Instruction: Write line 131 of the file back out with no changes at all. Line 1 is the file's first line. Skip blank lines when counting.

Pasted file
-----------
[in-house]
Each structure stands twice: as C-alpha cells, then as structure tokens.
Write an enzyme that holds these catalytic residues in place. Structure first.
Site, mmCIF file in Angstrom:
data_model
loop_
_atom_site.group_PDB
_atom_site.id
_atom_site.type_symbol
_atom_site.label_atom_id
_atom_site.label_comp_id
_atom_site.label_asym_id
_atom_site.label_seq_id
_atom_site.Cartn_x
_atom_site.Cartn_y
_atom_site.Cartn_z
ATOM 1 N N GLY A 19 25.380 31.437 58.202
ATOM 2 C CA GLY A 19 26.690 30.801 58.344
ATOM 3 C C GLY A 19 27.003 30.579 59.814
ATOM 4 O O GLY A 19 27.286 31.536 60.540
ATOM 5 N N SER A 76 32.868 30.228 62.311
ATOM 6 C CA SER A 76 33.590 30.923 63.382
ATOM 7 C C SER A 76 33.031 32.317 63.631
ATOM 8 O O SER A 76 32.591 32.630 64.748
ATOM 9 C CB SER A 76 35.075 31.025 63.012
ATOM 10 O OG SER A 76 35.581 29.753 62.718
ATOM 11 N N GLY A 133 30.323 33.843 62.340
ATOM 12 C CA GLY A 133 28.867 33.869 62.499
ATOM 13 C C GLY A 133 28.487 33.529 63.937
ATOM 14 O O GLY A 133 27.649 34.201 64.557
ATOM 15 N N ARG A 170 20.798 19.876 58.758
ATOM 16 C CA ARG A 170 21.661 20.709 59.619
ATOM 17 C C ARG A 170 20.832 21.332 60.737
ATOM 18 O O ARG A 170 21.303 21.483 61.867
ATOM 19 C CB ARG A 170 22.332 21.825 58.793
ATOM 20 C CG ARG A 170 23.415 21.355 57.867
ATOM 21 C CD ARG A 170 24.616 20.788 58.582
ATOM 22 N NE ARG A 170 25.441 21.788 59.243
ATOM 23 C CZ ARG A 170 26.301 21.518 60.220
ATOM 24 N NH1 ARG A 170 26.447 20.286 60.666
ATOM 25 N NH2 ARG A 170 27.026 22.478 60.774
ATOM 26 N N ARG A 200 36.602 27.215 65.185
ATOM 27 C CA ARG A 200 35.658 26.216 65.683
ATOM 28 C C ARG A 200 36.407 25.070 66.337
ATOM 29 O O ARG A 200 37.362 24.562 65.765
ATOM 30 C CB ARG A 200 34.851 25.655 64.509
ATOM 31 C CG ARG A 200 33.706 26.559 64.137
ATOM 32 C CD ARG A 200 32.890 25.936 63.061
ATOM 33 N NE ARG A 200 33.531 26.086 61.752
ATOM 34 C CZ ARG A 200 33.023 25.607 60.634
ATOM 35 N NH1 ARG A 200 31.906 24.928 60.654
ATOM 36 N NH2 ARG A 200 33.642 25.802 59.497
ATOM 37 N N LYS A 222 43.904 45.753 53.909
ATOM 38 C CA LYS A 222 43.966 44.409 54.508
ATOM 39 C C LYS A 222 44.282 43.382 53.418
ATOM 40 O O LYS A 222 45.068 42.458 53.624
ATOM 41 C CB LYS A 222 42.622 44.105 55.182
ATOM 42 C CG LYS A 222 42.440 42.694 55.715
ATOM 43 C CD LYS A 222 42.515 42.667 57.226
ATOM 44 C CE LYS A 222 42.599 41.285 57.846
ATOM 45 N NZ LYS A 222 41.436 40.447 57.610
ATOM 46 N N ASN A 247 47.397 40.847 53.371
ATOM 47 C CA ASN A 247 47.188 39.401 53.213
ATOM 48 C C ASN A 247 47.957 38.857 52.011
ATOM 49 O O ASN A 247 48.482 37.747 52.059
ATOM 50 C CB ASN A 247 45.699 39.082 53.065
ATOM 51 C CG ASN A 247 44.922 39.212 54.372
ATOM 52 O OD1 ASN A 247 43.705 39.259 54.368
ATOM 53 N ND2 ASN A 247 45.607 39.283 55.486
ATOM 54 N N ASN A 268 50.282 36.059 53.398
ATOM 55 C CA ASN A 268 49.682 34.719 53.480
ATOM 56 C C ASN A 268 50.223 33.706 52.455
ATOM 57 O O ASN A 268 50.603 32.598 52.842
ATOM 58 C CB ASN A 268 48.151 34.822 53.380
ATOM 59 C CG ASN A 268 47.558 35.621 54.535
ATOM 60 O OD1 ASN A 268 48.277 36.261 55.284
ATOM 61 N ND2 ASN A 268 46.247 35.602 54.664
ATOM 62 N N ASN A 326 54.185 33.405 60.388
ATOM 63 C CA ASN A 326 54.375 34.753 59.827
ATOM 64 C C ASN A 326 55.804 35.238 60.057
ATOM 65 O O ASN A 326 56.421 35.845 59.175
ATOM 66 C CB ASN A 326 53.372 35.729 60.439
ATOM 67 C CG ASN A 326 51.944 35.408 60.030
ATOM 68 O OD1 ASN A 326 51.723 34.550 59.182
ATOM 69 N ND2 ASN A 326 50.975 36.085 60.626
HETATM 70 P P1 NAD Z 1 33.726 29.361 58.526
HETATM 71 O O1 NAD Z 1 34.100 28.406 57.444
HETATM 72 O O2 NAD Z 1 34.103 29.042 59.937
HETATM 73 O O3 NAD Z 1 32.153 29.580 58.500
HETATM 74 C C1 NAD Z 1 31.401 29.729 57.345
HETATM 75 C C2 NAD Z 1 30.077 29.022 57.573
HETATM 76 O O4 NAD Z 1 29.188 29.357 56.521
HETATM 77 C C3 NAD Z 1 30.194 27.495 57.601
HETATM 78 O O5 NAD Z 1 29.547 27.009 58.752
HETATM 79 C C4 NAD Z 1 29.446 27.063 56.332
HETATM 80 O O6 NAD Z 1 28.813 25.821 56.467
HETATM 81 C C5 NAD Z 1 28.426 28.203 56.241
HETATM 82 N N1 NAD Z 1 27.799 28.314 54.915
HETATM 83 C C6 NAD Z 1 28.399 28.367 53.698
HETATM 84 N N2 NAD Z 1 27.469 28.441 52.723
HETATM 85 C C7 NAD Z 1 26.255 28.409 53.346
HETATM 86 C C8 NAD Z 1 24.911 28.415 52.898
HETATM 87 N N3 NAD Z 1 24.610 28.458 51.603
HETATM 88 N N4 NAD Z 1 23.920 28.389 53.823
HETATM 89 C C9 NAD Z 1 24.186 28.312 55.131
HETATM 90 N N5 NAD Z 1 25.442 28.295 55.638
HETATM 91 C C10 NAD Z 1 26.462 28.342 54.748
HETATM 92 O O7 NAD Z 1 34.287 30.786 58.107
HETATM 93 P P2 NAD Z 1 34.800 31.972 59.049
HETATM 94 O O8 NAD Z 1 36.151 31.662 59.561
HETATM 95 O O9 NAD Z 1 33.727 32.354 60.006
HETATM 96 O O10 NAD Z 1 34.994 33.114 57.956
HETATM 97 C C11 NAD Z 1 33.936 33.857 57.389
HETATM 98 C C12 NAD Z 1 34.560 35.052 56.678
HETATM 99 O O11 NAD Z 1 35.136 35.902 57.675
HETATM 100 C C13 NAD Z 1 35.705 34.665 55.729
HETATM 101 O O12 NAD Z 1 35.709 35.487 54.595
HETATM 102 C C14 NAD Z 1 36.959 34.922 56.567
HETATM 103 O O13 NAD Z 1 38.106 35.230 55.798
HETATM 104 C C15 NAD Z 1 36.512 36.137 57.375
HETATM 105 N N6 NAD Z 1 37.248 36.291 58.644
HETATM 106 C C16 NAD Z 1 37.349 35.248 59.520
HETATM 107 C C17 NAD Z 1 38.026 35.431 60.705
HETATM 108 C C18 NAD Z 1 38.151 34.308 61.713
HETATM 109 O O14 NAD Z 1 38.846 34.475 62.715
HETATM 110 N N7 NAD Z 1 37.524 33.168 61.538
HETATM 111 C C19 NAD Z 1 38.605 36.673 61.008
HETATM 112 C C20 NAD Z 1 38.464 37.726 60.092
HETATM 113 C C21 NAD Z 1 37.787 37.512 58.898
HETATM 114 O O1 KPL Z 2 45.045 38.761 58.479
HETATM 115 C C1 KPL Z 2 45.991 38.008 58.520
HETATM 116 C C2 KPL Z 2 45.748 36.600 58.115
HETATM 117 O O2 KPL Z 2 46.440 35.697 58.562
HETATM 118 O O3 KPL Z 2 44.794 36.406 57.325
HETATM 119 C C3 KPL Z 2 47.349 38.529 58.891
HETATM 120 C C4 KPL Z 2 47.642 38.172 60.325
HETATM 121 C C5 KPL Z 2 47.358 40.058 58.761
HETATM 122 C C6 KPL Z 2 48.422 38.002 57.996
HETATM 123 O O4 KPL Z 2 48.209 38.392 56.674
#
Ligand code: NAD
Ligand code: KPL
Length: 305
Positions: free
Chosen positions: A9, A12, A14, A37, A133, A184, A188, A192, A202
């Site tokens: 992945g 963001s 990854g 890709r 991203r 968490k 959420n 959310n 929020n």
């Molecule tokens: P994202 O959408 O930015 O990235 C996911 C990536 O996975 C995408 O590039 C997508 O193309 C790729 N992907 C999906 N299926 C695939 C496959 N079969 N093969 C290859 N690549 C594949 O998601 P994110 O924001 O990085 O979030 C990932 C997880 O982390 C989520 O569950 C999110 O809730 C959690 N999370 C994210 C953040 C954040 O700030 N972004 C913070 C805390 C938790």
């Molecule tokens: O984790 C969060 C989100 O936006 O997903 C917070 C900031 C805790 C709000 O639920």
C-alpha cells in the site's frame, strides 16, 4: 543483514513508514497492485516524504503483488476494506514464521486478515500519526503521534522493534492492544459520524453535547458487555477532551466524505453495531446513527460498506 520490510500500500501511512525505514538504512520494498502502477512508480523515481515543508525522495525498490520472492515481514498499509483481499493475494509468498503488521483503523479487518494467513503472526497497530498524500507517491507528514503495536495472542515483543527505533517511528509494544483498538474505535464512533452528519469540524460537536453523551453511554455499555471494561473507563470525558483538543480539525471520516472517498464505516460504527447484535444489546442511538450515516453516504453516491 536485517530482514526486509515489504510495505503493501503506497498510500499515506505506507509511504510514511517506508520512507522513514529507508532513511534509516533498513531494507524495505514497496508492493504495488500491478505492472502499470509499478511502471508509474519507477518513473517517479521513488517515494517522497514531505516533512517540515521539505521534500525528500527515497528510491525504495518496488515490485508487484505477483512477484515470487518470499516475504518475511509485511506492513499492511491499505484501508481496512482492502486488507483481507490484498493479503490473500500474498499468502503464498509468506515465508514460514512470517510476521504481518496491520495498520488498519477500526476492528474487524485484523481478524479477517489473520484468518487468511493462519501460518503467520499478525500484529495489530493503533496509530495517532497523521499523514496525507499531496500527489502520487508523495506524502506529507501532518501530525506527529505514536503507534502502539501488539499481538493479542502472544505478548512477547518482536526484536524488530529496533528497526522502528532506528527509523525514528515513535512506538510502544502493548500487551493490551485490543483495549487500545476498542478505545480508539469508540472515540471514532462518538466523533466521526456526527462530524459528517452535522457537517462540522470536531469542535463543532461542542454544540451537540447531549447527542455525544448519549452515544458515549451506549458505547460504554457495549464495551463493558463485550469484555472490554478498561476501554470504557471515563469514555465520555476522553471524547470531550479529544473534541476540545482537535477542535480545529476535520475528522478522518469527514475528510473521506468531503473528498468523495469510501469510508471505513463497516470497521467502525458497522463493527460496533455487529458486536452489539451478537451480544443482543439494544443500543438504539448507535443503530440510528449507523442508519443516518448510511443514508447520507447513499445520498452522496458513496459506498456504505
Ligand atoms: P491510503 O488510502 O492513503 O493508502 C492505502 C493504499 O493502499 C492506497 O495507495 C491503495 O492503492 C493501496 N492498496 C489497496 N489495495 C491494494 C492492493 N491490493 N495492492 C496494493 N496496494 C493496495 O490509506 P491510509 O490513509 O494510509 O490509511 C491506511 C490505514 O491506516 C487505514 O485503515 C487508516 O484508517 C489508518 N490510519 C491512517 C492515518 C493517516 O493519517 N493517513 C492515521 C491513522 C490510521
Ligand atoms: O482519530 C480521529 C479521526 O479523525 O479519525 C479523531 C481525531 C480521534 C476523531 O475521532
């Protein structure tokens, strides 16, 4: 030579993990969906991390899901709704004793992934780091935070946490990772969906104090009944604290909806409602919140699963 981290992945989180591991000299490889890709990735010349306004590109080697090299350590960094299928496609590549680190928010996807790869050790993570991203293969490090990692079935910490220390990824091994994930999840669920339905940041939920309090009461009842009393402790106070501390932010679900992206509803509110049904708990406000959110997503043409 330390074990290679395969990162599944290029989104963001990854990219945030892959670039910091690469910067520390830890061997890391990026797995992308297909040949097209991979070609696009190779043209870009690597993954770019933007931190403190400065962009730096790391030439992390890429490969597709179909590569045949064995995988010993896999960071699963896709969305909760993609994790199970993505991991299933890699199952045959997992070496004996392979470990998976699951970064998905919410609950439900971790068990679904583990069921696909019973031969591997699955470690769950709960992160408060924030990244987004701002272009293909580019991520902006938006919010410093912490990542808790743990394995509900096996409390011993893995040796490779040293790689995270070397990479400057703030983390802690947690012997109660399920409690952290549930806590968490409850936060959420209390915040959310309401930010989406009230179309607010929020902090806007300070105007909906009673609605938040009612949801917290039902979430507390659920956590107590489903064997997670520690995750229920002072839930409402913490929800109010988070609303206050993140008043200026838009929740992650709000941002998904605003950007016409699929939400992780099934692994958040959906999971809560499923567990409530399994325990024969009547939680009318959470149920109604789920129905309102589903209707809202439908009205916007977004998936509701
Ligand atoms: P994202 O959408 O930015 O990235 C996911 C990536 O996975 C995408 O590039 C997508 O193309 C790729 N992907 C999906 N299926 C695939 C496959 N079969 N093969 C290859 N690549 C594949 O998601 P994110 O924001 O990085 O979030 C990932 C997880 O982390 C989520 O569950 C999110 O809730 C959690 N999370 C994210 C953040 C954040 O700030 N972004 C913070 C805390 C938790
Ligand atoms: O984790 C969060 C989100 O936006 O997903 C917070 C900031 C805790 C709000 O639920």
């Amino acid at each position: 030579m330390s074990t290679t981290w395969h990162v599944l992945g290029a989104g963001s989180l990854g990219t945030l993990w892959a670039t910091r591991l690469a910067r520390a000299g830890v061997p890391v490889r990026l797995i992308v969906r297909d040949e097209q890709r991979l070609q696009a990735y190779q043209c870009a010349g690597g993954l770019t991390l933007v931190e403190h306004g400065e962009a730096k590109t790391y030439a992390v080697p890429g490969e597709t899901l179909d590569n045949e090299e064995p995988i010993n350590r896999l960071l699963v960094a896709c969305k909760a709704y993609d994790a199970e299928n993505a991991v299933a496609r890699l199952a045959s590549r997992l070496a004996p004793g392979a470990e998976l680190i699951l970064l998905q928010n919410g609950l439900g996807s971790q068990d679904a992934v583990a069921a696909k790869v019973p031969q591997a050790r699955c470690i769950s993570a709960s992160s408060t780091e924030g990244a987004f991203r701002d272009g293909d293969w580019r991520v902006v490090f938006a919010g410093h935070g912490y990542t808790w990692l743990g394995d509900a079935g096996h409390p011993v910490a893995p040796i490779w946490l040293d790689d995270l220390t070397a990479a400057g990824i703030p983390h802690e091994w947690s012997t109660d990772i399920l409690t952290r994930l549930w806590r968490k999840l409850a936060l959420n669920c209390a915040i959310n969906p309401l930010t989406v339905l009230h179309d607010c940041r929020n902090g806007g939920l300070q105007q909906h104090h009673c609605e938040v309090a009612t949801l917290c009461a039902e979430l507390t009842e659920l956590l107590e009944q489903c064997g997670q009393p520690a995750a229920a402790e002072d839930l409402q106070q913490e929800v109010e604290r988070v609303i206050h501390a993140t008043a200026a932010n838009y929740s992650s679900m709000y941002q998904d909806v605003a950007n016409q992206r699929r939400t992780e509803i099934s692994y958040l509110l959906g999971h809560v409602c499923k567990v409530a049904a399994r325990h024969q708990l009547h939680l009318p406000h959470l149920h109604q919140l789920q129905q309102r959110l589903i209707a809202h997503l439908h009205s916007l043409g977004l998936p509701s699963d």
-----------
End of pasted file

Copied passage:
HETATM 115 C C1 KPL Z 2 45.991 38.008 58.520